Arjan's blog

Authenticating against Azure Table Storage

Originally published on August 25. 2009

When searching for articles/blogs/samples about using Azure Table Storage from .NET, it seems most of them (if not all) depend on the StorageClient sample in the Azure SDK. I read about authentication with SharedKey or SharedKeyLite, and I always found the magic of these authentication schemes were wrapped up into several layers of abstractions in this SDK sample.

Hoping that I could get at my data without it (the sample), I needed to research how to authenticate against Azure Table Storage.

So how does it all work?

It all starts with the request...

You can query a table by sending a http request to the Table Storage. Crafting the correct request involves setting the correct headers, and requesting the desired resource at the Azure storage services HTTP-endpoint.

Azure Table Storage uses the same REST scheme as ADO.NET Data Services (Astoria), so with

you'll get all the rows of a table. To filter the data, add the filter as the query string:

Ideally you should be able to do this from your favourite web browsers address bar!

I'm sorry, but you can't. You'll need to authenticate to the Azure Table Store, and this is done by adding special headers to the request.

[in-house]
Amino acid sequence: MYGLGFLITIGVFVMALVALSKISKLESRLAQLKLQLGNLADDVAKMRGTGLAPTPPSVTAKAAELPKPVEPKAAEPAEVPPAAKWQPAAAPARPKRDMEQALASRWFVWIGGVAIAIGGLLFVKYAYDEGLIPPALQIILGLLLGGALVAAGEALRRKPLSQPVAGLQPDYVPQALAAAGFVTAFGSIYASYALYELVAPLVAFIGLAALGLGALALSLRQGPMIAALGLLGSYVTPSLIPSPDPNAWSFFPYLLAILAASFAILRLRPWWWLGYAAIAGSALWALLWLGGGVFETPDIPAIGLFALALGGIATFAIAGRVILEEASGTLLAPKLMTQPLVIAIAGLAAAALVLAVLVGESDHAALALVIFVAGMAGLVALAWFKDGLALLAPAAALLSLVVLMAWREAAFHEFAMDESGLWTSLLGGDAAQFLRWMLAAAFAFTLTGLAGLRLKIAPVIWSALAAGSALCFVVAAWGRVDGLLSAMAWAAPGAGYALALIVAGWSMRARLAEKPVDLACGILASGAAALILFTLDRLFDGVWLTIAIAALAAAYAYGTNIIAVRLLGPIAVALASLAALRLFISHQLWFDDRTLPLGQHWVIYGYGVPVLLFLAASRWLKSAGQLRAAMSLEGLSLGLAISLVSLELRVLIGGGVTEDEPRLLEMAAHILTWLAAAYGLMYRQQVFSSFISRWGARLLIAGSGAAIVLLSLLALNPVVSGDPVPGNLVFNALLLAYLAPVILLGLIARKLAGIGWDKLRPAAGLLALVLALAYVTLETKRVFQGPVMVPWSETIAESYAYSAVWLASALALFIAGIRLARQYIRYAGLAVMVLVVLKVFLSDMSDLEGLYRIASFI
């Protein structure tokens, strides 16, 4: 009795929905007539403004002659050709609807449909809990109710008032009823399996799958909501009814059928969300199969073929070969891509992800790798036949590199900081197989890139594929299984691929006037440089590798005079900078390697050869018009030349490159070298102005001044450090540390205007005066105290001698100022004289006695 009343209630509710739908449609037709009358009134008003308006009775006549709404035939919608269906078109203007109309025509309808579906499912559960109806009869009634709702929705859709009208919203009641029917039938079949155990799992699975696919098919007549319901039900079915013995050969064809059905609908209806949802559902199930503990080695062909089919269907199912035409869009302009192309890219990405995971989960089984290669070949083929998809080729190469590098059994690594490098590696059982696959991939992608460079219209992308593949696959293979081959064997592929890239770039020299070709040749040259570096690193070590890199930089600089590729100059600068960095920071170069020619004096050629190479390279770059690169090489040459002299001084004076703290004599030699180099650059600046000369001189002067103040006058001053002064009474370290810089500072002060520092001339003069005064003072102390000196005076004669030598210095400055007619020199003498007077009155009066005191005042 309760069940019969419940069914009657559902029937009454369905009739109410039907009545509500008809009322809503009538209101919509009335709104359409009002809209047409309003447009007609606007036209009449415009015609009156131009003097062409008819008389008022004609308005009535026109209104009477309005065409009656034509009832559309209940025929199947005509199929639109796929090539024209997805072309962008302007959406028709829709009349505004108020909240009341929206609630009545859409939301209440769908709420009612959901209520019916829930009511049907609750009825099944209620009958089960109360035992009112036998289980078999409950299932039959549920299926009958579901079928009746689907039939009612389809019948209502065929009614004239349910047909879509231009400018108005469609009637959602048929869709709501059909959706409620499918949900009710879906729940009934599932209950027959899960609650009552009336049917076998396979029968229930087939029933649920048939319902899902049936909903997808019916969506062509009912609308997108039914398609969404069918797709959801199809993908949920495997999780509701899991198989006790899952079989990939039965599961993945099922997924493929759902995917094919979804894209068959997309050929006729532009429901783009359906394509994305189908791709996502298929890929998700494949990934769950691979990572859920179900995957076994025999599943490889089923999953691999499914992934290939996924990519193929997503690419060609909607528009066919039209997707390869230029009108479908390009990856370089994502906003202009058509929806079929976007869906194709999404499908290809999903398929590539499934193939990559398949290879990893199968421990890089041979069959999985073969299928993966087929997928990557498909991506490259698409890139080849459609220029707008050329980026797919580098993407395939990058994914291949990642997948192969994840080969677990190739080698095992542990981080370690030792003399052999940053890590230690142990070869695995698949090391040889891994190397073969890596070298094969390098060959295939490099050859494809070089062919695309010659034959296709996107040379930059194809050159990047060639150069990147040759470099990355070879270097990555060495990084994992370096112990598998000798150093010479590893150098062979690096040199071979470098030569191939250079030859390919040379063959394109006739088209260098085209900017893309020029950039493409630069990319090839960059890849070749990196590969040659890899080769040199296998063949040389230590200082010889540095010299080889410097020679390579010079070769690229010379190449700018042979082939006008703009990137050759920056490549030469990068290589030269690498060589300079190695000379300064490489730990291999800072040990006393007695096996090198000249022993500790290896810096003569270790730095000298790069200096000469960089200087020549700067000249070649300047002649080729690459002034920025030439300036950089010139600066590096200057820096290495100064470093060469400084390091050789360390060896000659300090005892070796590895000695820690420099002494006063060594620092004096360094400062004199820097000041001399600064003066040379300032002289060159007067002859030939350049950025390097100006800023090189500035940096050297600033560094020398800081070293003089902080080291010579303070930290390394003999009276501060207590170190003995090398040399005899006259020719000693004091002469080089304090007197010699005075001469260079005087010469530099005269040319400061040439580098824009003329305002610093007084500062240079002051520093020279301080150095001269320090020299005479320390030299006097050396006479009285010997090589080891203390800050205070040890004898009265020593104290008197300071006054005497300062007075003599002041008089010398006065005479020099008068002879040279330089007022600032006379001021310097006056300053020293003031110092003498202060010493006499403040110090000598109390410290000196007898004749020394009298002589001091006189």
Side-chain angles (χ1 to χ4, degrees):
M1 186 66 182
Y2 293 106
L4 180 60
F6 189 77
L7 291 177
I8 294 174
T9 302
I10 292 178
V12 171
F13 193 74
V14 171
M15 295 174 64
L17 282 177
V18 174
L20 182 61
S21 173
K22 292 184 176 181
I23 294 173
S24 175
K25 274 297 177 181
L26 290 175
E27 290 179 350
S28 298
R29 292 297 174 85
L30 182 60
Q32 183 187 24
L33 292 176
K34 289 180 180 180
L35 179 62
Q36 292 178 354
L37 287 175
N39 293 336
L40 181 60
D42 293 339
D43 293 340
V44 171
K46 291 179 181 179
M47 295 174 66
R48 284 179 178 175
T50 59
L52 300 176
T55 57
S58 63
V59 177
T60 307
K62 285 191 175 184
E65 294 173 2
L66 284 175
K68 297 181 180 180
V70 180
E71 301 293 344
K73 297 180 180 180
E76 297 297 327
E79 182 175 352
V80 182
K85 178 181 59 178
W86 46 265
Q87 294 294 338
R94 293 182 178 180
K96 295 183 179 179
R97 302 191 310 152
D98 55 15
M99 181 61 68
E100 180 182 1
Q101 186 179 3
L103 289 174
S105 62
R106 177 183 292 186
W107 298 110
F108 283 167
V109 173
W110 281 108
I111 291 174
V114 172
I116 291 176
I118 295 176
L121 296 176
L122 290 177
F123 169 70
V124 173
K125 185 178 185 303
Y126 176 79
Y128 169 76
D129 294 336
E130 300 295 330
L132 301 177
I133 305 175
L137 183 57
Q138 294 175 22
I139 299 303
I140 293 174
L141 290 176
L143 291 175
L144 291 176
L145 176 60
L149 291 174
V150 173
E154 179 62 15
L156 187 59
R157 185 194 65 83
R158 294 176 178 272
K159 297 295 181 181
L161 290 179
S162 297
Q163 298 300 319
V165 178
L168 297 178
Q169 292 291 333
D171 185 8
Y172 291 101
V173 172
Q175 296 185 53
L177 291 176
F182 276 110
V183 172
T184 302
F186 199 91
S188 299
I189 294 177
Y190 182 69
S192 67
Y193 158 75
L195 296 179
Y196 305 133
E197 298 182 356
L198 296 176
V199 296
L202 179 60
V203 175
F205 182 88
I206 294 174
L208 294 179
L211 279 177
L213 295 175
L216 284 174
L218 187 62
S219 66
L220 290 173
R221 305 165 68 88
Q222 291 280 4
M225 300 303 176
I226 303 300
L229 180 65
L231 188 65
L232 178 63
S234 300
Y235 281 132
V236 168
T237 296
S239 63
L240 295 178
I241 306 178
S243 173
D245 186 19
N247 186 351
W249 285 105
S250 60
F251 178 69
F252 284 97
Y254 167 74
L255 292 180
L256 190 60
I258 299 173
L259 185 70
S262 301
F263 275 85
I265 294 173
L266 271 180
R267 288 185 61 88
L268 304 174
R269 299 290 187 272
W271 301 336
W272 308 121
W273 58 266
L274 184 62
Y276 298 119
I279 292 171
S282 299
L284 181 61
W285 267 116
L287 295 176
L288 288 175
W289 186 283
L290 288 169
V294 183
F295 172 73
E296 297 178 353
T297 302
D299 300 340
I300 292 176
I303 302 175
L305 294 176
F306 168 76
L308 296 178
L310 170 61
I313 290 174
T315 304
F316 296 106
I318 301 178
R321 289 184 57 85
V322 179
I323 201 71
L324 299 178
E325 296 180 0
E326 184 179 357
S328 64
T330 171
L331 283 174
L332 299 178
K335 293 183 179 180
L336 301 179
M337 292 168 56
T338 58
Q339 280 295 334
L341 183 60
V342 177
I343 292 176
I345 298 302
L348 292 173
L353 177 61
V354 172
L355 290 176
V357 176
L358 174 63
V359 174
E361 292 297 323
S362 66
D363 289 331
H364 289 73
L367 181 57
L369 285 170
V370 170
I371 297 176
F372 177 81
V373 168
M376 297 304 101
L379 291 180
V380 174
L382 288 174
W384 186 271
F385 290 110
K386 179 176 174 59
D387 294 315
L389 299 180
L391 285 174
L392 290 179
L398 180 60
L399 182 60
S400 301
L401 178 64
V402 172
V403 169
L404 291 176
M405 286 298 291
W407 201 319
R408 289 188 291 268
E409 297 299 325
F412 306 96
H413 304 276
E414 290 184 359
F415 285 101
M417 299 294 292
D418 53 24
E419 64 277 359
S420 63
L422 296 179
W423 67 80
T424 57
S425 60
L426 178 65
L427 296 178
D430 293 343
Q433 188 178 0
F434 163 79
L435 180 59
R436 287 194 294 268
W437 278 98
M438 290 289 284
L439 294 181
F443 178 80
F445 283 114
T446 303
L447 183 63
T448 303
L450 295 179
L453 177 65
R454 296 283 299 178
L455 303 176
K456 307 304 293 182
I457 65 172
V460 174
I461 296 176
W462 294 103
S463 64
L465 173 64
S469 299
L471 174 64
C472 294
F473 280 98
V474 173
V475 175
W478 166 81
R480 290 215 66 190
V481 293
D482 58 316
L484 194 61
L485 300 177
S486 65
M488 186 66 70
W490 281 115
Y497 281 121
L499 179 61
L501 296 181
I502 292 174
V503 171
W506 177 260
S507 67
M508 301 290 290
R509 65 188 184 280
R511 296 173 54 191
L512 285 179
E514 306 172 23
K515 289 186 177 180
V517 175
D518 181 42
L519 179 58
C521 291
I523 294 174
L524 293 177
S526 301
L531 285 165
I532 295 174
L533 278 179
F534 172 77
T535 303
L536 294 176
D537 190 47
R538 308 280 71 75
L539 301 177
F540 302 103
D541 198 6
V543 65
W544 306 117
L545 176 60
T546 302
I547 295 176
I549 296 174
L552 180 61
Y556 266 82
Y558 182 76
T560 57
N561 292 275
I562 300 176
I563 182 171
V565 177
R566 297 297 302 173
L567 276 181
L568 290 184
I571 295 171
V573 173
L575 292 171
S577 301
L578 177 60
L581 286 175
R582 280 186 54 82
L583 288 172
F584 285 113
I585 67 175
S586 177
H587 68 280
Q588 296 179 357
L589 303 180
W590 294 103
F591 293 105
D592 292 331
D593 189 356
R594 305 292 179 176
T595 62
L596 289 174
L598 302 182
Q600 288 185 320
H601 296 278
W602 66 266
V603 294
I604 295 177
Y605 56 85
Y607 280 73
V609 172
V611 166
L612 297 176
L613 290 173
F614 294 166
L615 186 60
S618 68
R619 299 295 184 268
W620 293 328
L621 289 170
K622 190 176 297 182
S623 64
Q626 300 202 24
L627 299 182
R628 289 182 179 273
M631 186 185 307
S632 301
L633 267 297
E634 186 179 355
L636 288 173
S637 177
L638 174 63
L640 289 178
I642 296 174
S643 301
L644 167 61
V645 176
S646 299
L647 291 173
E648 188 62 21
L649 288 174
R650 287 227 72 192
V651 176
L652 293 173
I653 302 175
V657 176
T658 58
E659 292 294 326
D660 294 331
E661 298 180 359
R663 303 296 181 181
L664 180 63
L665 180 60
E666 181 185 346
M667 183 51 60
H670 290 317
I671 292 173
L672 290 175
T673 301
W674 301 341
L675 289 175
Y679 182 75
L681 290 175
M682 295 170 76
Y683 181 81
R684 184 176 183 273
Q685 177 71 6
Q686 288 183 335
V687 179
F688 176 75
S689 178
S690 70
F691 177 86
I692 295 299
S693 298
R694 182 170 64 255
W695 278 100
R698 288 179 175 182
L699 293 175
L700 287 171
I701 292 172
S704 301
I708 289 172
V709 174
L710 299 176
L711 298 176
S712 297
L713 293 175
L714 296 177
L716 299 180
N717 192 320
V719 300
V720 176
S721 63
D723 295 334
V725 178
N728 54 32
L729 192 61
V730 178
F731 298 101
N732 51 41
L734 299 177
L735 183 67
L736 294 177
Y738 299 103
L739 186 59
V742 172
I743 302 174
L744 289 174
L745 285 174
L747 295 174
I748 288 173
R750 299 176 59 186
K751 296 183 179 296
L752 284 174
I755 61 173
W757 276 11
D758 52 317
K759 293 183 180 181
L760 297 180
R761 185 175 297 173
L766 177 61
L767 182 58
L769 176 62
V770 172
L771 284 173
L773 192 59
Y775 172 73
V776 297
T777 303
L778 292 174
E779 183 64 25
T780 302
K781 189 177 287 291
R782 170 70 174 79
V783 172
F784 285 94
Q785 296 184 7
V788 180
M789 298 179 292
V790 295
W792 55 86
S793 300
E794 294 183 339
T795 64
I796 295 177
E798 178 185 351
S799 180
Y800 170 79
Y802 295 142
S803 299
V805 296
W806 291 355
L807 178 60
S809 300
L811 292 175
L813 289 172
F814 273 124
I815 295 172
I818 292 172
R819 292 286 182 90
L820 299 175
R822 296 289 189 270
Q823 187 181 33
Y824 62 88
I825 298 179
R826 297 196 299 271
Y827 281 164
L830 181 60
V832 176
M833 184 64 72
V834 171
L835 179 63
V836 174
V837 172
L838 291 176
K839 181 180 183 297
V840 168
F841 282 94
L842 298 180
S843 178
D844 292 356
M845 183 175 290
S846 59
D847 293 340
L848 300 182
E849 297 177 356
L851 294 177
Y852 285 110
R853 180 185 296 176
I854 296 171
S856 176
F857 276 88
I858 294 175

What special headers?

Well, the authentication headers, of course. Microsoft have devised two variations over a simple authentication scheme that we can choose between. They are called SharedKey and SharedKeyLite, and they involve adding a date header and an authentication header to the request.

One of the more comprehensive articles I found on the topic, was this MSDN article. It tells what parts the signatures are made from, but again, the actual code sample is heavily dependent on the StorageClient sample project in the Azure SDK. (Did I say, this happens a lot?)

Still most articles I come over when searching about using Azure Table Storage from C# use the StorageClient sample. It makes me wonder: Can I use Azure table storage without this sample? Or duplicating it?

It turns out I can! Here is the first blogpost I found which shows how. And its really not that hard! Programatically in C# we should be able to do it quite easily when we know how to create and add those headers.

Creating the SharedKey or SharedKeyLite headers

The additional headers look the same for both of the authentiation schemes:

x-ms-date: date_and_time
Authorization: scheme_name account_name:signature

where we specify the date_and_time, scheme_name, account_name and signature parts. The date_and_time is copied from either the date or x-ms-date header. Then we choose whether we're going to use the SharedKey or SharedKeyLite authentication scheme (replace scheme_name with either one), before filling in the account_name.

Now only the signature remains! So, how do we create this signature? They're similar, but SharedKeyLite takes fewer variables in creating the signature than SharedKey does.

To start with, we need to construct a string that contains some information about our request. Azure table storage must be able to re-create the same string on the server side, so all this information must also be available elsewhere in the request. Here is an actual sample of how it looks for SharedKey authentication:


Mon, 24 Aug 2009 22:08:56 GMT